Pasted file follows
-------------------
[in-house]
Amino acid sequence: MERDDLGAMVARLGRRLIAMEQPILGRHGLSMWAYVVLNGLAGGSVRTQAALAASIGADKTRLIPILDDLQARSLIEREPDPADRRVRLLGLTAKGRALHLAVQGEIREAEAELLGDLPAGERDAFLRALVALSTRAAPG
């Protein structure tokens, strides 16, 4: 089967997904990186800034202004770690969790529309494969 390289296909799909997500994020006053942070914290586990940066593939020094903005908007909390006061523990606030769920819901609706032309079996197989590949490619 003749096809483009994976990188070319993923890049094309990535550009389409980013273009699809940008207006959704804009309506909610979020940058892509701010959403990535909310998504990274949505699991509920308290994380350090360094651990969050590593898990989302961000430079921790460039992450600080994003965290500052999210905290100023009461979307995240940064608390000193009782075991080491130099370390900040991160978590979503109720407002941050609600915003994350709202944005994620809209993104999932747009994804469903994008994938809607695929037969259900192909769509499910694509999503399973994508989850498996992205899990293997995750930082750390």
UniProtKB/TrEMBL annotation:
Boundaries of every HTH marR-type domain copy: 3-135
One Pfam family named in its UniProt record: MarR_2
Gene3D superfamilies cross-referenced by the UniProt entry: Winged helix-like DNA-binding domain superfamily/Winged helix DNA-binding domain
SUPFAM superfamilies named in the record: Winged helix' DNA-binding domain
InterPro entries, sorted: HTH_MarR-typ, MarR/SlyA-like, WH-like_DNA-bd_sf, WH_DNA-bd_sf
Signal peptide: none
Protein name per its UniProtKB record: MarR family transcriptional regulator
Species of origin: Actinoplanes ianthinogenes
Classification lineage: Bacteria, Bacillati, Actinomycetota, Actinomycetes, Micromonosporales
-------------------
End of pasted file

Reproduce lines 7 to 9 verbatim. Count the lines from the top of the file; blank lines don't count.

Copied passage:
Gene3D superfamilies cross-referenced by the UniProt entry: Winged helix-like DNA-binding domain superfamily/Winged helix DNA-binding domain
SUPFAM superfamilies named in the record: Winged helix' DNA-binding domain
InterPro entries, sorted: HTH_MarR-typ, MarR/SlyA-like, WH-like_DNA-bd_sf, WH_DNA-bd_sf